Comparison of three automated systems (BD Phoenix, MicroScan WalkAway and VITEK 2) for detecting imipenem resistance in Acinetobacter baumannii
Abstract number: P853
Kulah C., Aktas E., Comert F., Ozlu N., Akyar I., Ankarali H.
Objectives: Carbapenems are considered the gold standard treatment for multidrug resistant Acinetobacter baumannii infections, however, resistance to this agent has been reported increasingly. Reliable susceptibility testing results remains a critical issue for the clinical outcome for these patients. Automated systems are currently used in many clinical laboratories. This study was organised to evaluate the accuracies of three automated susceptibility testing methods for testing Acinetobacter baumannii against imipenem.
Methods: One hundred twelve selected isolates of Acinetobacter baumannii collected between January 2003 and December 2006 were tested to confirm imipenem susceptibility results. Bacterial isolates were identified according to conventional bacteriological techniques and confirmed by API 20 NE (bioMerieux, France). Strains were tested against imipenem by broth dilution, disk difusion, Etest (AB Biodisk, Sweden), BD Phoenix (Becton Dickinson), MicroScan WalkAway (Dade Behring) and VITEK 2 (bioMérieux) automated systems. Data were analysed by comparing the results from each test method to those produced by the reference broth microdilution (BMD) test performed using in-house prepared panels.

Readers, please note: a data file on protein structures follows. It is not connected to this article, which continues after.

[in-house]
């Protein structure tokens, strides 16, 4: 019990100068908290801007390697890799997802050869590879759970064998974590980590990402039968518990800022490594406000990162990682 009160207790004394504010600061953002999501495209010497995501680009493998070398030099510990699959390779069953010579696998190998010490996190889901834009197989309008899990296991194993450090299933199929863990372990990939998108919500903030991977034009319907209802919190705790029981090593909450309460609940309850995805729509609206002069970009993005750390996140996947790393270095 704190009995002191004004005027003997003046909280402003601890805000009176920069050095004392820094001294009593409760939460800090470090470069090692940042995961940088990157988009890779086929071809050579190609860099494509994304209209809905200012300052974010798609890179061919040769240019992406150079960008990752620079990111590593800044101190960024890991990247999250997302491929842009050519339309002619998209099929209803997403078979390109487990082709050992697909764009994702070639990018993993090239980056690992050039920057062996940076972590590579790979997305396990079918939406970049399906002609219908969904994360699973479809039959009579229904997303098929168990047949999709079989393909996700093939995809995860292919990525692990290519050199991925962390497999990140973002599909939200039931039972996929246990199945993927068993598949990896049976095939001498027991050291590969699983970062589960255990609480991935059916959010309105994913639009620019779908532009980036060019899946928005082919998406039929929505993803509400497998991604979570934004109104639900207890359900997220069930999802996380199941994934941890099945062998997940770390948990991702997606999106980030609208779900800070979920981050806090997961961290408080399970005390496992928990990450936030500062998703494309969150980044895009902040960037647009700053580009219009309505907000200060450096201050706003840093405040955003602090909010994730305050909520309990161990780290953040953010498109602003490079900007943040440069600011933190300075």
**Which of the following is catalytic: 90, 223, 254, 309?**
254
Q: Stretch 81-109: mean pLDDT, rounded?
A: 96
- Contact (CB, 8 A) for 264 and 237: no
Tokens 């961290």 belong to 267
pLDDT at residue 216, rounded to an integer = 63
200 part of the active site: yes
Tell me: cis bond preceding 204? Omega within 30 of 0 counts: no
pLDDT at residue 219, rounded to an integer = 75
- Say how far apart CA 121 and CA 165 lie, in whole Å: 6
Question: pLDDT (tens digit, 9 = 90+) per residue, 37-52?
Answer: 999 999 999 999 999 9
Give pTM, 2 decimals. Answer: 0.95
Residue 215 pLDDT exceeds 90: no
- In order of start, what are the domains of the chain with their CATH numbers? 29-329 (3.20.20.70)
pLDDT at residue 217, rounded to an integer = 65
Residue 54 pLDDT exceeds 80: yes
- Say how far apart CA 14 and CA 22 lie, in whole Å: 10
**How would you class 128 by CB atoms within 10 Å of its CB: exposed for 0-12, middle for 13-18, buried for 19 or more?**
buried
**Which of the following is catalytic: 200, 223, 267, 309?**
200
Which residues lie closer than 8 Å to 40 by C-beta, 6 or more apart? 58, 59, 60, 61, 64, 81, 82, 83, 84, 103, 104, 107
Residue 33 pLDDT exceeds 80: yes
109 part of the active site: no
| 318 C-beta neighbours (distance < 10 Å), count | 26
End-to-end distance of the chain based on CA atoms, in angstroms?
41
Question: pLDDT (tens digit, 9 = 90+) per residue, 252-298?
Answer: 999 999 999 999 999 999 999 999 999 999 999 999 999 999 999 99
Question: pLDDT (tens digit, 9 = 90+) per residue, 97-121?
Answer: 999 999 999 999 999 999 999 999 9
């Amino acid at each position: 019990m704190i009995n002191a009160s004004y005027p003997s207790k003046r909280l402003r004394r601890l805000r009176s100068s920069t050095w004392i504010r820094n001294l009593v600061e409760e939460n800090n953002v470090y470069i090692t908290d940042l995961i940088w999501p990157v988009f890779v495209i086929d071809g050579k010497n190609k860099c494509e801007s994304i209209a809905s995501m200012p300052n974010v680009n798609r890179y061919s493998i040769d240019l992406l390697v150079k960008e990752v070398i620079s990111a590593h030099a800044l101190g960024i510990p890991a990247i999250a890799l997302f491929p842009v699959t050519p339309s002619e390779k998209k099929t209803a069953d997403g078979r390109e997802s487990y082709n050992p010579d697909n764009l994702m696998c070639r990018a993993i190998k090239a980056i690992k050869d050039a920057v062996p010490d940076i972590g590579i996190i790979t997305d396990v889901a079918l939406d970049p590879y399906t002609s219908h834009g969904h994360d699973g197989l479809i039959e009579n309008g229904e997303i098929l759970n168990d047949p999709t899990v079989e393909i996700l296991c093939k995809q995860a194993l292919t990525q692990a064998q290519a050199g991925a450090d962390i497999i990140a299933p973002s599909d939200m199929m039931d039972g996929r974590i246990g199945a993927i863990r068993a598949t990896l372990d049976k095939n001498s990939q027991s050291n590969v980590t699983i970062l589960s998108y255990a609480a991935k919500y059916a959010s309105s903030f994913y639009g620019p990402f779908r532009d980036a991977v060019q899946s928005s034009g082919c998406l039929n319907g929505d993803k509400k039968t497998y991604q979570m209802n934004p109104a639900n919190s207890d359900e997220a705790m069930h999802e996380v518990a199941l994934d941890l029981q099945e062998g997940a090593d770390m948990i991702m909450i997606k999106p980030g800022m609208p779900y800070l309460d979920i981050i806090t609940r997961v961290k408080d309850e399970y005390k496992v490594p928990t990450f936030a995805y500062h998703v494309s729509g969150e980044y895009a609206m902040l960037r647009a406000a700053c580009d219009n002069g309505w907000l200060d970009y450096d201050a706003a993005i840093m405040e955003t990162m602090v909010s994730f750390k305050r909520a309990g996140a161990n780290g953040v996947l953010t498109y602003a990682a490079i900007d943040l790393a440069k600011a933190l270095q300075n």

Results: MicroScan performed true identification of all A. baumannii strains while VITEK 2 unidentified one strain, and Phoenix unidentified two strains and misidentified two strains. The BMD testing showed that 25 strains were susceptible to imipenem while 87 were resistant All other test systems in the study produced errors when A. baumannii was tested against imipenem. Etest showed the best performance with only two minor error (1.8%). VITEK 2 produced eight minor errors(7.2%). BD Phoenix produced three major errors(2.8%). Disk diffusion produced two very major errors (1.8%) and three major errors (2.7%). MicroScan showed the worst performance in susceptibility testing with 28 very major errors (25%) and 50 minor errors (44.6%).
Conclusions: Testing difficulties for imipenem do exist in susceptibility testing systems. Reporting errors can have serious implications for the clinical outcome for patients. We suggest clinical laboratories using automated systems for routine use should consider using a second, independent antimicrobial susceptibility testing method to validate imipenem susceptibility.
|Session name:||18th European Congress of Clinical Microbiology and Infectious Diseases|
|Back to top|